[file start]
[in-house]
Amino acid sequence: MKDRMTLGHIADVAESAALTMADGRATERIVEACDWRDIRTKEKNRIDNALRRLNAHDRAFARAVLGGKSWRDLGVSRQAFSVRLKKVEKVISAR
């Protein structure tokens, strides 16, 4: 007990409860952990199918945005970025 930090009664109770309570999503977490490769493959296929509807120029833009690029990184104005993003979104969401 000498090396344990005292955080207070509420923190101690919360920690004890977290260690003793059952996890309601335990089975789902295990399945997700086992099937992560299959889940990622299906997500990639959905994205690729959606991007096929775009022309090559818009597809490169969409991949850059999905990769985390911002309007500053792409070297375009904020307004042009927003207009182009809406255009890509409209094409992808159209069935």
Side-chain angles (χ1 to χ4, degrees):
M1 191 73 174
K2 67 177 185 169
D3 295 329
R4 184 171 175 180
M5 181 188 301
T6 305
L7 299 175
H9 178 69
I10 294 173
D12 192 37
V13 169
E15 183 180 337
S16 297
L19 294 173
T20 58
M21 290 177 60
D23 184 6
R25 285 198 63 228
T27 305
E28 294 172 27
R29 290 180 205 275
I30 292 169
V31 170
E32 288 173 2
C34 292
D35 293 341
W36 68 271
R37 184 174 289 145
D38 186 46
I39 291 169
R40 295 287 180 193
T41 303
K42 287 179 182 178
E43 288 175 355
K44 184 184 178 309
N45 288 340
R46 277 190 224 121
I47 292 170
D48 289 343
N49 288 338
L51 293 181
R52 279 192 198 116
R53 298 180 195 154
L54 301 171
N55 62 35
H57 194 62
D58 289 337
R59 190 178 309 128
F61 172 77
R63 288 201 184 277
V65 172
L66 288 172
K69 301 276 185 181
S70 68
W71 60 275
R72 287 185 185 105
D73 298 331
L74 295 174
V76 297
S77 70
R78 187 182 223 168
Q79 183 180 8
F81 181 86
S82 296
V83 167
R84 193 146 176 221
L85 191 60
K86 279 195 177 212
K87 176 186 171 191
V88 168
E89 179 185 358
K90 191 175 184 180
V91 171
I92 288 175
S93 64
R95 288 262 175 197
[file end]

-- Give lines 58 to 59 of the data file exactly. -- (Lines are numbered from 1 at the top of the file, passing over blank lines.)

S70 68
W71 60 275